Hope this helps.

    Nice shot!

  4. Paul
    March 28th, 2008 @ 12:47 pm

    You are very lucky to have such a variety of wildlife in your yard. My office overlooks my garden and I have my camera at the ready to take similar photos when the opportunity arises. We get squirrels, jays, magpies, blue-tits, long-tailed tits and the more common birds (sparrows, thrushes).

  5. Curious Cat » Backyard Wildlife: Birds
    May 4th, 2008 @ 7:11 pm

    The last few days a bird like this one has been chasing a crow in my yard (unfortunately I have not been able to get an action picture of that)…

  6. Save Money on Food at Curious Cat Investing and Economics Blog
    June 15th, 2008 @ 1:38 pm

    it is great to just go grab some fresh food and eat it. It tastes great and is healthy. The increasing price of food it makes it more attractive…

  7. April
    July 2nd, 2008 @ 12:54 pm

    I haven’t a clue what it is but I always get a thrill from seeing birds of prey. There are a lot more buzards around here nowadays but I still love to see them floating about or sitting on top of a telegraph pole.

  8. Judy
    July 7th, 2008 @ 6:26 am

    As far as I know, we see neither merlins nor shins here on Guernsey … he have comparatively few birds of prey here. We do see several species of owl, and I’ve also seen a eurasion sparrowhawk on occasion.

    As another commenter said, you’re fortunate to have such a profusion of wildlife in your back garden.

  9. CuriousCat - Backyard Wildlife: Dragonfly
    August 24th, 2008 @ 2:10 pm

    The variety of insects you can see can be amazing, especially if you don’t use poisons and chemicals in your yard…

  10. Curious Cat Science Blog Backyard Wildlife Raptor | Garden Benches
    May 12th, 2009 @ 11:14 pm

    […] Curious Cat Science and Engineering Blog Backyard Wildlife Raptor. Other wildlife i have spotted in my backyard include humming bird or […]

    (update – link bad so removed July 2012)

  11. Birding News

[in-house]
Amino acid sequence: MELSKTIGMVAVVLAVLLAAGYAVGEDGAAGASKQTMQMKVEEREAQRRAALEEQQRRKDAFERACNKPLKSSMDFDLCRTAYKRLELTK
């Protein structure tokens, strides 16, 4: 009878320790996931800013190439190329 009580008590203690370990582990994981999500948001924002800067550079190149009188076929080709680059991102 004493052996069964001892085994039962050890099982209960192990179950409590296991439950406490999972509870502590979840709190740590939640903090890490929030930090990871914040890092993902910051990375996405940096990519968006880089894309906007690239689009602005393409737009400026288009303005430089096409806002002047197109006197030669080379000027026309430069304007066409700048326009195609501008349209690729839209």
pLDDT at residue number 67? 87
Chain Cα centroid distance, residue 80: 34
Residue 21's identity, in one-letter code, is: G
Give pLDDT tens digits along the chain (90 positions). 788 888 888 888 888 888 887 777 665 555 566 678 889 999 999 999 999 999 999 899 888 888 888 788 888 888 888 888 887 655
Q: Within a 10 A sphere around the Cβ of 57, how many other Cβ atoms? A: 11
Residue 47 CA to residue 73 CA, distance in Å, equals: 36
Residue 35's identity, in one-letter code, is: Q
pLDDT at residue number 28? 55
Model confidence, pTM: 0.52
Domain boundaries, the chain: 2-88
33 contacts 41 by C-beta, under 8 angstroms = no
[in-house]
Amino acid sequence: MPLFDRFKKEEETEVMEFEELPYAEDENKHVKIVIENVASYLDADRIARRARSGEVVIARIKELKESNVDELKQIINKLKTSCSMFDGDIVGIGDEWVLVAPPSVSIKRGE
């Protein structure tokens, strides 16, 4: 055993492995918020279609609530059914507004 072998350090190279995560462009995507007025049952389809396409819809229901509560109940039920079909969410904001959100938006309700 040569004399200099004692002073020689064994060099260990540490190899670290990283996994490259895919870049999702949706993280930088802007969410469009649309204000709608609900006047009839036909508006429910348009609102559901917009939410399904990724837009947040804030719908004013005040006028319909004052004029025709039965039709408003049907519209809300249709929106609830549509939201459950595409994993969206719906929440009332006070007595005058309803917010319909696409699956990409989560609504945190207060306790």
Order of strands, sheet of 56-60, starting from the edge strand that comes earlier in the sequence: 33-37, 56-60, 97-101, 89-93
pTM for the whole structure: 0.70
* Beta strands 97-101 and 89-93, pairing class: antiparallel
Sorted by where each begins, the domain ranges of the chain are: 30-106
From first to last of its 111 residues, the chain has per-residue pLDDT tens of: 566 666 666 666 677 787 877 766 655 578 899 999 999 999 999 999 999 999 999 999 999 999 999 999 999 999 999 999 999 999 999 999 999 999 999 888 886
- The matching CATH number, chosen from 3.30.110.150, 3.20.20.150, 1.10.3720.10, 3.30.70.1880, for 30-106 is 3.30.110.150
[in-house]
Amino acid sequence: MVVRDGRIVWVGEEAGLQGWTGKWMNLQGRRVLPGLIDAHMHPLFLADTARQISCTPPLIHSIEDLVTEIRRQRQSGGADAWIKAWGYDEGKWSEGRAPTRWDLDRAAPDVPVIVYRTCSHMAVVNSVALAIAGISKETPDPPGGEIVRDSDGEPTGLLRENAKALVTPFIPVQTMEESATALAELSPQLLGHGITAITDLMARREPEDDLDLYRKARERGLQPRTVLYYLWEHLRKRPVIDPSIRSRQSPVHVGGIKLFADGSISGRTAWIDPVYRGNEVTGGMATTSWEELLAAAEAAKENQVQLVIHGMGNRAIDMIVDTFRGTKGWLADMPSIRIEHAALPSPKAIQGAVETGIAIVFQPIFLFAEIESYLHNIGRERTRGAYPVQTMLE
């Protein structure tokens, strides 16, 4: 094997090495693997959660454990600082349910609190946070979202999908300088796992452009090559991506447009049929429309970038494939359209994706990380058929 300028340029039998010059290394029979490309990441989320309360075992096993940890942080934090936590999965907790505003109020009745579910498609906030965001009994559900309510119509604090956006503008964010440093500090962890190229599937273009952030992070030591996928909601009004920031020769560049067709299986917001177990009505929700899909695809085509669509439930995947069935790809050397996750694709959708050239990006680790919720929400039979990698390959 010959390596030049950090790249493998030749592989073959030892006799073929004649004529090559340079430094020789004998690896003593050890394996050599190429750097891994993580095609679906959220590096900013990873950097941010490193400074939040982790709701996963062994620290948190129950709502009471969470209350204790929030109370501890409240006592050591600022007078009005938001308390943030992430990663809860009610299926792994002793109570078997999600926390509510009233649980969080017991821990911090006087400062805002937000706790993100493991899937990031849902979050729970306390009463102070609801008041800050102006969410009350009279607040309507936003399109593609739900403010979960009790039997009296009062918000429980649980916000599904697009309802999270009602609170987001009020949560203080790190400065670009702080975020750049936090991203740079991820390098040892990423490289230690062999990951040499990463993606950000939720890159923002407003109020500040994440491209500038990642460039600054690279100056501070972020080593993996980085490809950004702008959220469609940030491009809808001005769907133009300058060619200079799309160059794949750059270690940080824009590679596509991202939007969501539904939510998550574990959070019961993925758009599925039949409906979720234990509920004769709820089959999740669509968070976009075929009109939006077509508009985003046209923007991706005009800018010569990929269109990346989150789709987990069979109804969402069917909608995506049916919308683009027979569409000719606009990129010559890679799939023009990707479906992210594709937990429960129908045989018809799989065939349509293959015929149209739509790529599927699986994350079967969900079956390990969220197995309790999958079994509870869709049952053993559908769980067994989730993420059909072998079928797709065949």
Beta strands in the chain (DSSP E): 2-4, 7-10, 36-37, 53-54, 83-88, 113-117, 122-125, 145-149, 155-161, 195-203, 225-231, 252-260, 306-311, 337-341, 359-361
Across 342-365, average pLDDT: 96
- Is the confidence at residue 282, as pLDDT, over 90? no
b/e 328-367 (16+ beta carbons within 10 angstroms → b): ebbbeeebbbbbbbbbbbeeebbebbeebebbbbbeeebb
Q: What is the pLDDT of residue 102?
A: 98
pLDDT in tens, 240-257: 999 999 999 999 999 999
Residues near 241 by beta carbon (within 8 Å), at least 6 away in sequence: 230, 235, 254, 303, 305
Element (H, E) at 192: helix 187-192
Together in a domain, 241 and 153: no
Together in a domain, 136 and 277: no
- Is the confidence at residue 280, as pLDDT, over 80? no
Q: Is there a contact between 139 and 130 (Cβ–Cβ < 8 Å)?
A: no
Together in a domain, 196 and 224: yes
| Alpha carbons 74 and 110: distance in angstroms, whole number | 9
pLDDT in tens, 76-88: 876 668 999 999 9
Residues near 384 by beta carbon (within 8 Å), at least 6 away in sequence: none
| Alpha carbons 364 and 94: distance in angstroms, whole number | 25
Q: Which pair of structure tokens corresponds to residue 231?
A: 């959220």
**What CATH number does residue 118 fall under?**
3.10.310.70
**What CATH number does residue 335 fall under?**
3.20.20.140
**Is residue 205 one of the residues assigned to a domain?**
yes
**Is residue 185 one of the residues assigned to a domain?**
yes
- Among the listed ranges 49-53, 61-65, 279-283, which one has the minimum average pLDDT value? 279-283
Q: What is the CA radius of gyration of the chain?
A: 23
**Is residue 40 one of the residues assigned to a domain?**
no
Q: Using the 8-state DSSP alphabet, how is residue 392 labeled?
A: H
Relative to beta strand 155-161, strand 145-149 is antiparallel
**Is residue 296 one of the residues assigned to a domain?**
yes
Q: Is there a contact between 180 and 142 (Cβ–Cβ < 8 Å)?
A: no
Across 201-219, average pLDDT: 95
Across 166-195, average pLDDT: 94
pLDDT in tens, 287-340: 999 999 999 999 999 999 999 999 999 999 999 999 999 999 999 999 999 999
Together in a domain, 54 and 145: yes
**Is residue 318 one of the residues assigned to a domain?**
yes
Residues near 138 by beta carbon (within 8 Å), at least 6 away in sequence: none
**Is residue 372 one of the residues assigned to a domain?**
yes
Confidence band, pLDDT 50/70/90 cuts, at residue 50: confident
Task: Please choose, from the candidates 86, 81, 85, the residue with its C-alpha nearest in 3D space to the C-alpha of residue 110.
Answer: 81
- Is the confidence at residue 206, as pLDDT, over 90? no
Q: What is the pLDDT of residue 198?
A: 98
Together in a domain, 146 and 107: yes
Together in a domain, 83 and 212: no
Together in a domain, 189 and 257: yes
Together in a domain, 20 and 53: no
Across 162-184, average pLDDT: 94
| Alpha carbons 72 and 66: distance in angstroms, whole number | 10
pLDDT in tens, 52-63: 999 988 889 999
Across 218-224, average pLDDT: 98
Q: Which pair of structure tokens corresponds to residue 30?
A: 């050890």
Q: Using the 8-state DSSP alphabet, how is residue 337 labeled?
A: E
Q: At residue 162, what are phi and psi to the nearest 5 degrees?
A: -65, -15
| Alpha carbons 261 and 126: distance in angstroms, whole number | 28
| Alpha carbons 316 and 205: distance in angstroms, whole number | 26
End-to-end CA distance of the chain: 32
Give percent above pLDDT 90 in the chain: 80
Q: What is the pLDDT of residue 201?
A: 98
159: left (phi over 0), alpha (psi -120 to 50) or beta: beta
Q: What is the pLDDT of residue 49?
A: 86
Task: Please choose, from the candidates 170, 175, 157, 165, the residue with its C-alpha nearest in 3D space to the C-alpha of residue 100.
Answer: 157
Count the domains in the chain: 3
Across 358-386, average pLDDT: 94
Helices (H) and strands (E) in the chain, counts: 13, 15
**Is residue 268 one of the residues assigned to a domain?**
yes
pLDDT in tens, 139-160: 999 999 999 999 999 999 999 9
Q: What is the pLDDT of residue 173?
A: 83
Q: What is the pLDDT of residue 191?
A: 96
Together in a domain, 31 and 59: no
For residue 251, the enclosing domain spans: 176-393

November 25th, 2009 @ 6:26 pm

    Very good shot there, lovely bird.

  12. Octavio Paz
    February 19th, 2010 @ 9:36 am

    That’s a Sharp-shinned Hawk.

  13. Curious Cat Science and Engineering Blog » Backyard Wildlife: Hawk
    June 30th, 2010 @ 2:50 pm

    […] great – including links to an identification page would be appreciated too. Last time people helped identify a Sharp-shinned Hawk enjoying a meal. Enjoying nature in your back yard is a wonderful […]

  14. I was Interviewed About Encouraging Kids to Pursue Science and Engineering » Curious Cat Science Blog
    November 21st, 2011 @ 7:08 am

    Make it fun to learn. Kids have an intrinsic motivation to learn. Keeping their curiosity alive is the first step…

  15. Reggie
    December 4th, 2011 @ 6:06 pm

    What an amazing bird..
    our wildlife is so beautiful and we must keep it for our [email protected]!
    i hope you found a type of bird..

  16. Backyard Wildlife: 2 Raptors Over Johor Bahru, Malaysia » Curious Cat Science Blog
    July 24th, 2012 @ 3:45 am

    These two raptors were majestic as they glided over the skies…

  17. Backyard Wildlife: Deer » Curious Cat Science Blog
    September 27th, 2015 @ 6:28 pm

    But a few days later I saw new evidence of a deer eating some small trees in my backyard – though I wasn’t sure if I missed it before. Then a couple nights later I saw a deer grazing after dark in my backyard…

Leave a Reply